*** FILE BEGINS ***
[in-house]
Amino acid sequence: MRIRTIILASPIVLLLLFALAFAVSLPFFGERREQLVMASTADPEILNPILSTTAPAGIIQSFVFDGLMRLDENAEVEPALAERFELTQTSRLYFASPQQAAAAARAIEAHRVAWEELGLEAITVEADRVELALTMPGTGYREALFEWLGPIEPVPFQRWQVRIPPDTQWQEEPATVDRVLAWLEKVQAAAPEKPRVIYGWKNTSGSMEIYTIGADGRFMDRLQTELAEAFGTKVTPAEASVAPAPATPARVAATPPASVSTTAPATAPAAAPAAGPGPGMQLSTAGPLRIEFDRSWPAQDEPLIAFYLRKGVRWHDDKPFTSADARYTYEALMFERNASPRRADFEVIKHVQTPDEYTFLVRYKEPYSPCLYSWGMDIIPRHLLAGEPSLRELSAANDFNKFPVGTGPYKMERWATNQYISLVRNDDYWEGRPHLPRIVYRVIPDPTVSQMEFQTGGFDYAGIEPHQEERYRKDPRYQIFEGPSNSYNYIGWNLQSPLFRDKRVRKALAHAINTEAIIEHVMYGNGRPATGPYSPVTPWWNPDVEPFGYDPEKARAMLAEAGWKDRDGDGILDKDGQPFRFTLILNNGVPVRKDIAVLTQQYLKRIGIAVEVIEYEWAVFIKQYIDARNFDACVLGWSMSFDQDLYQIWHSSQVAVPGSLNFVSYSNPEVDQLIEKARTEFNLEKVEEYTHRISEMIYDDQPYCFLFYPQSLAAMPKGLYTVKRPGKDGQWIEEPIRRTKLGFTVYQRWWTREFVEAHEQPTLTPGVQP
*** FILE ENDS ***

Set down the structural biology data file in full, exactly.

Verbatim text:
[in-house]
Amino acid sequence: MRIRTIILASPIVLLLLFALAFAVSLPFFGERREQLVMASTADPEILNPILSTTAPAGIIQSFVFDGLMRLDENAEVEPALAERFELTQTSRLYFASPQQAAAAARAIEAHRVAWEELGLEAITVEADRVELALTMPGTGYREALFEWLGPIEPVPFQRWQVRIPPDTQWQEEPATVDRVLAWLEKVQAAAPEKPRVIYGWKNTSGSMEIYTIGADGRFMDRLQTELAEAFGTKVTPAEASVAPAPATPARVAATPPASVSTTAPATAPAAAPAAGPGPGMQLSTAGPLRIEFDRSWPAQDEPLIAFYLRKGVRWHDDKPFTSADARYTYEALMFERNASPRRADFEVIKHVQTPDEYTFLVRYKEPYSPCLYSWGMDIIPRHLLAGEPSLRELSAANDFNKFPVGTGPYKMERWATNQYISLVRNDDYWEGRPHLPRIVYRVIPDPTVSQMEFQTGGFDYAGIEPHQEERYRKDPRYQIFEGPSNSYNYIGWNLQSPLFRDKRVRKALAHAINTEAIIEHVMYGNGRPATGPYSPVTPWWNPDVEPFGYDPEKARAMLAEAGWKDRDGDGILDKDGQPFRFTLILNNGVPVRKDIAVLTQQYLKRIGIAVEVIEYEWAVFIKQYIDARNFDACVLGWSMSFDQDLYQIWHSSQVAVPGSLNFVSYSNPEVDQLIEKARTEFNLEKVEEYTHRISEMIYDDQPYCFLFYPQSLAAMPKGLYTVKRPGKDGQWIEEPIRRTKLGFTVYQRWWTREFVEAHEQPTLTPGVQP